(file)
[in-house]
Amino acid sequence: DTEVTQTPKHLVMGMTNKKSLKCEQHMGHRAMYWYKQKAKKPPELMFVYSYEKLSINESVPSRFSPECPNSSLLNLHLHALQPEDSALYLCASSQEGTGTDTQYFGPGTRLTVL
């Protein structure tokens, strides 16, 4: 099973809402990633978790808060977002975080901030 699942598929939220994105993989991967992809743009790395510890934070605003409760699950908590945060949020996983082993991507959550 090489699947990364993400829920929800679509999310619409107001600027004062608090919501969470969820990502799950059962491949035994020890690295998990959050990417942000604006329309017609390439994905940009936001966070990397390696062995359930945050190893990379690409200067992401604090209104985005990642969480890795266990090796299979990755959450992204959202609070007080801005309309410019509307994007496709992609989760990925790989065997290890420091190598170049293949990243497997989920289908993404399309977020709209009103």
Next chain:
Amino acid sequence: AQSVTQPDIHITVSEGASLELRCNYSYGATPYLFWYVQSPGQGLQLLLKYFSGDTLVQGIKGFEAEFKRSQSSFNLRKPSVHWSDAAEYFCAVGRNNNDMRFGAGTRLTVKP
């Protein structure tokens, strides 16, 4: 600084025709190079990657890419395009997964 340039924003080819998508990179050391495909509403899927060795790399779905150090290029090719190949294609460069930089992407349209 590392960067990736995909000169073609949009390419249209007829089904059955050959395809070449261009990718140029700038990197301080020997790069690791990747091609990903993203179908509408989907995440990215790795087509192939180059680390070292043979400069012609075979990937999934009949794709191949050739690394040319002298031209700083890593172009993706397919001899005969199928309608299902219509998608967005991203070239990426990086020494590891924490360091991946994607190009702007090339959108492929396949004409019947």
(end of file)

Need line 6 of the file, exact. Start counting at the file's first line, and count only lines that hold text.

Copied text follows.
């Protein structure tokens, strides 16, 4: 600084025709190079990657890419395009997964 340039924003080819998508990179050391495909509403899927060795790399779905150090290029090719190949294609460069930089992407349209 590392960067990736995909000169073609949009390419249209007829089904059955050959395809070449261009990718140029700038990197301080020997790069690791990747091609990903993203179908509408989907995440990215790795087509192939180059680390070292043979400069012609075979990937999934009949794709191949050739690394040319002298031209700083890593172009993706397919001899005969199928309608299902219509998608967005991203070239990426990086020494590891924490360091991946994607190009702007090339959108492929396949004409019947």